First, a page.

When Jesus spoke the whole world was hushed to listen. His words were not for our ears but rather for the elements of which God made this earth.
He spoke to the sea, our vast mother, that gave us birth. He spoke to the mountain, our elder brother whose summit is a promise.
And He spoke to the angels beyond the sea and the mountain to whom we entrusted our dreams ere the clay in us was made hard in the sun.
And still His speech slumbers within our breast like a love-song half forgotten, and sometimes it burns itself through to our memory.
His speech was simple and joyous, and the sound of His voice was like cool water in a land of drought.
Once He raised His hand against the sky, and His fingers were like the branches of a sycamore tree; and He said with a great voice:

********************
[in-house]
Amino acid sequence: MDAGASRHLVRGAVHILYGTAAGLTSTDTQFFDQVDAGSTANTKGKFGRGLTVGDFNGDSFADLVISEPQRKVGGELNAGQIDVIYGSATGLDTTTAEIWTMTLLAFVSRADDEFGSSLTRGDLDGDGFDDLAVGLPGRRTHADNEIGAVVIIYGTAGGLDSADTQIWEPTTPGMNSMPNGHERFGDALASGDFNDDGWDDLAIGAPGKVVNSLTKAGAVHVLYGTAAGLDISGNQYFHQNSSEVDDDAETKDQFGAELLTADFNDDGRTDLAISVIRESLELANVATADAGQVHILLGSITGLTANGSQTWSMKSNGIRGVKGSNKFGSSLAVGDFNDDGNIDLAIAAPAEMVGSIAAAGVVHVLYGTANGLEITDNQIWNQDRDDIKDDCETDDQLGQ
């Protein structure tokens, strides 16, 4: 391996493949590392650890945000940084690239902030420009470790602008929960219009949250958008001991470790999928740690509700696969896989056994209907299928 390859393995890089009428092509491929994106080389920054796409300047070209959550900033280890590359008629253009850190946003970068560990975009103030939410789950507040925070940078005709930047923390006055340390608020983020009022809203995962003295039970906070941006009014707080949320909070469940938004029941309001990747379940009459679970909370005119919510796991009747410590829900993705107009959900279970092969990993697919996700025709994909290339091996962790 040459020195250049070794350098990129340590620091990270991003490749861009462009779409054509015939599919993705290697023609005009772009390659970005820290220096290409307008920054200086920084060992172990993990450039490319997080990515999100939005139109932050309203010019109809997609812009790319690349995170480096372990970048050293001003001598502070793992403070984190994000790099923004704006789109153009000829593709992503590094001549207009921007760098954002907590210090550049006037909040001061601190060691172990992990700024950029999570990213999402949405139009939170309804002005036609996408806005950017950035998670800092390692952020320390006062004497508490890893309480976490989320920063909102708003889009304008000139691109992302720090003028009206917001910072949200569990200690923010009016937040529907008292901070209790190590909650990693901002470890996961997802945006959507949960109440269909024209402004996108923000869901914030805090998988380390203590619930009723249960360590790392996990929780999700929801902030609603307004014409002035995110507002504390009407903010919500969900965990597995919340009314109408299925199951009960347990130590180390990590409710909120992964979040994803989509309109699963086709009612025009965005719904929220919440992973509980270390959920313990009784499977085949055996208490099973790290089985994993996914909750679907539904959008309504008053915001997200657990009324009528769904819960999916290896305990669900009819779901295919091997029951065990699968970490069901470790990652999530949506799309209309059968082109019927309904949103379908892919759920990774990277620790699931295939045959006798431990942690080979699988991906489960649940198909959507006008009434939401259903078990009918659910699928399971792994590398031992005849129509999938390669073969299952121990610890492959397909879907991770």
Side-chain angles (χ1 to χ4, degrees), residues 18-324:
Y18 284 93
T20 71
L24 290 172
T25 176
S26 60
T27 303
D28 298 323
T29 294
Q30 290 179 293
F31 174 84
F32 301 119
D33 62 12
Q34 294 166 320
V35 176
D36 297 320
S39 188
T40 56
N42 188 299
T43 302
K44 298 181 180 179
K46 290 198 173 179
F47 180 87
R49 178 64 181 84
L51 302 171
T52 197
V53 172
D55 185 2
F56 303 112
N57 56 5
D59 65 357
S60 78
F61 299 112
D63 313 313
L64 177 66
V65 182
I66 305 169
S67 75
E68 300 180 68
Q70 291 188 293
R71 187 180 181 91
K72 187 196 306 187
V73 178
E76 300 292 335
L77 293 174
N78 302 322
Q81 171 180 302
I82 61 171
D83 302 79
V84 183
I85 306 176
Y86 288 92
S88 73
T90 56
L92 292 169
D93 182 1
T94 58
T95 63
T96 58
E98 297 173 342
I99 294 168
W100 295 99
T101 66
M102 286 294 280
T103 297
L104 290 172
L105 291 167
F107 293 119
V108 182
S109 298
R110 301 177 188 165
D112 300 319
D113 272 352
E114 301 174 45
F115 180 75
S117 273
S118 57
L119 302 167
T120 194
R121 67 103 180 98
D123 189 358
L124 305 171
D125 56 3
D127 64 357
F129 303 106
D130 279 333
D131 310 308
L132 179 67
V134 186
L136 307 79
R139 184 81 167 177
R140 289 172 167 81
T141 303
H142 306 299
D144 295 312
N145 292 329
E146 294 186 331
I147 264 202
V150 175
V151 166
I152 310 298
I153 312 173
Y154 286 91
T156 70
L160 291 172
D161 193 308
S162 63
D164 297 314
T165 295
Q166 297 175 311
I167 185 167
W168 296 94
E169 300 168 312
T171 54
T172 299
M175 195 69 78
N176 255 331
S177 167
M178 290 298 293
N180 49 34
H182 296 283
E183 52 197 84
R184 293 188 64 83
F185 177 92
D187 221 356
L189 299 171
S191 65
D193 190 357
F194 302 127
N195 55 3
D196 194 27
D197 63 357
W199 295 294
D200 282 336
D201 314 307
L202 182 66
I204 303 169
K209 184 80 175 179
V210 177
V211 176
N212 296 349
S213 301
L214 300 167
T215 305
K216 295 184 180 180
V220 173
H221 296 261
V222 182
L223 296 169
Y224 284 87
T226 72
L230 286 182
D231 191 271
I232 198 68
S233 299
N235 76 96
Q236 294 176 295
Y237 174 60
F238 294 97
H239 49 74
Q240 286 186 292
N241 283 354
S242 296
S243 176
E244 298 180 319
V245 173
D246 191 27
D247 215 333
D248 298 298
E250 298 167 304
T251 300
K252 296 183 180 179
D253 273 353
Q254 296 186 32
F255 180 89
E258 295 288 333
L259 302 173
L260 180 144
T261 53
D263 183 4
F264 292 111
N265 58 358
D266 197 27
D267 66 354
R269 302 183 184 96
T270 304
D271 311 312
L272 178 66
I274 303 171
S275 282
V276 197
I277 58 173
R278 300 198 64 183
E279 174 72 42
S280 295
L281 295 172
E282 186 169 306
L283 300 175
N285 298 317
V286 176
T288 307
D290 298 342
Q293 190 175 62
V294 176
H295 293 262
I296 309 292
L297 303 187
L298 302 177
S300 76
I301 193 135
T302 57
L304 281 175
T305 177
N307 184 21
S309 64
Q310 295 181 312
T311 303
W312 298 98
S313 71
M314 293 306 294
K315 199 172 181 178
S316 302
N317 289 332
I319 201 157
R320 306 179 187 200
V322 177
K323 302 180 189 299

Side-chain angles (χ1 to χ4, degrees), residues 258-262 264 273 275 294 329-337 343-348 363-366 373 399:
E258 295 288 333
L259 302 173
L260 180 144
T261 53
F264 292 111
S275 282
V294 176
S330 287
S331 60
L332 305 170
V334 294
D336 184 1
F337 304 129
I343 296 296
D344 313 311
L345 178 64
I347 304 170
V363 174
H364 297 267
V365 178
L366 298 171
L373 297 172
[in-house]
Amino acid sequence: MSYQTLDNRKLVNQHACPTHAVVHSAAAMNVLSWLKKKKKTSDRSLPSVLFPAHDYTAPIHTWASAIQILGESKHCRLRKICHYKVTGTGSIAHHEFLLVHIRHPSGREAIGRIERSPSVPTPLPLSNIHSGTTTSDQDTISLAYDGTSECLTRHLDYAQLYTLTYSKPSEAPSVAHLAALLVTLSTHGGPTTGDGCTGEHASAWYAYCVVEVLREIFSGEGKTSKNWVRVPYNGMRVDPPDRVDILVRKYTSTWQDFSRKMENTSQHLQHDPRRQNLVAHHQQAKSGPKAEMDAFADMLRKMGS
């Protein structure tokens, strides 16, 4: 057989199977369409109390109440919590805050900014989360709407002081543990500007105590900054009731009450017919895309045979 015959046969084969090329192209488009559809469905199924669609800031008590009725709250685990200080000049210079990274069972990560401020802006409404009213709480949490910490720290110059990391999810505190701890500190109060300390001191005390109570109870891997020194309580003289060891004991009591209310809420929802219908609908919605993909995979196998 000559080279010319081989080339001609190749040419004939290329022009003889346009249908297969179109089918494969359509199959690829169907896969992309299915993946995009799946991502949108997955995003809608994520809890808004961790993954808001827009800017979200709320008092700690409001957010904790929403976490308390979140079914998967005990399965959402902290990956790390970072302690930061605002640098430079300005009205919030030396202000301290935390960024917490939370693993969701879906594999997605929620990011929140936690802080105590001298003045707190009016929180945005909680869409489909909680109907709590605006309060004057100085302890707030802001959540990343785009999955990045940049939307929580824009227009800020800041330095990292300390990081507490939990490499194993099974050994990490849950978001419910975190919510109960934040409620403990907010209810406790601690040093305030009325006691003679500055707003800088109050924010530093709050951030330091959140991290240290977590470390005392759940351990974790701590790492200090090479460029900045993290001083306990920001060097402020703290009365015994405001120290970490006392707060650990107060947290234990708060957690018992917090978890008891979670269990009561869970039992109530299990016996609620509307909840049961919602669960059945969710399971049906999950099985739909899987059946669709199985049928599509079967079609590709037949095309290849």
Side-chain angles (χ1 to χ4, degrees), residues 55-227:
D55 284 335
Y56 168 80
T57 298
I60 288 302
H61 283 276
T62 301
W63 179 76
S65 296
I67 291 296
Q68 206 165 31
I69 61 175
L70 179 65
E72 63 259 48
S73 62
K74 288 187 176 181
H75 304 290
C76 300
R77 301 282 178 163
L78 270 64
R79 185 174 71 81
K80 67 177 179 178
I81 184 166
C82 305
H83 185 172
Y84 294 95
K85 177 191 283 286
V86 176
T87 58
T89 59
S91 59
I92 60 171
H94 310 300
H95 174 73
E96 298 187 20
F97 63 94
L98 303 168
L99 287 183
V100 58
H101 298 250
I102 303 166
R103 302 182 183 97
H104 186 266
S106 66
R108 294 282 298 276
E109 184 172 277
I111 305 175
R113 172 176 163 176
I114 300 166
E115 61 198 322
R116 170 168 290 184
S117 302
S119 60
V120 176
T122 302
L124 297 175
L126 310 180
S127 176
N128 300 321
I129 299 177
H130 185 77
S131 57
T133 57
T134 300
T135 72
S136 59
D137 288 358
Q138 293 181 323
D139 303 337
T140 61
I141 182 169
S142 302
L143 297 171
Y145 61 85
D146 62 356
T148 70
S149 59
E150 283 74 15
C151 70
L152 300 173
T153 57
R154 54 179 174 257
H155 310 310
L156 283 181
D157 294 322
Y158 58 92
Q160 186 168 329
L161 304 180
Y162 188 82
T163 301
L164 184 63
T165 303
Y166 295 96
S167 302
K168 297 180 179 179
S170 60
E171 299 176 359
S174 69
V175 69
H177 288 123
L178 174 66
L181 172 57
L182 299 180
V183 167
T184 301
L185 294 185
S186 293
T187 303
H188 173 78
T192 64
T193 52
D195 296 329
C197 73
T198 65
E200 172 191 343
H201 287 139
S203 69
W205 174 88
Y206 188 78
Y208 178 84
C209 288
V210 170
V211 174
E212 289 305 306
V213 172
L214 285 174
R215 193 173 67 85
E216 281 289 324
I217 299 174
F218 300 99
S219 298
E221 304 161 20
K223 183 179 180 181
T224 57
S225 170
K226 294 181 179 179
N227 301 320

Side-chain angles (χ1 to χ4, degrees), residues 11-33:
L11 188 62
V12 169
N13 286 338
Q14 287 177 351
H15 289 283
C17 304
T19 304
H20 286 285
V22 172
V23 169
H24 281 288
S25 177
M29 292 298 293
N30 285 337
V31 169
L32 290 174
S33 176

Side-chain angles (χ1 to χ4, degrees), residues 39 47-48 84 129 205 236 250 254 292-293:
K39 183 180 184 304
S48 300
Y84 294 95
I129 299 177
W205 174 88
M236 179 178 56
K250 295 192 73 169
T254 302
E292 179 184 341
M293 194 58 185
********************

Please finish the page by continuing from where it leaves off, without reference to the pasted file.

“The prophets of old have spoken to you, and your ears are filled with their speech. But I say unto you, empty your ears of what you have heard.”
And these words of Jesus, “But I say unto you,” were not uttered by a man of our race nor of our world; but rather by a host of seraphim marching across the sky of Judea.
Again and yet again He would quote the law and the prophets, and then he would say, “But I say unto you.”
Oh, what burning words, what waves of seas unknown to the shores of our mind, “But I say unto you.”
What stars seeking the darkness of the soul, and what sleepless souls awaiting the dawn.
To tell of the speech of Jesus one must needs have His speech or the echo thereof.
I have neither the speech nor the echo.
I beg you to forgive me for beginning a story that I cannot end. But the end is not yet upon my lips. It is still a love song in the wind.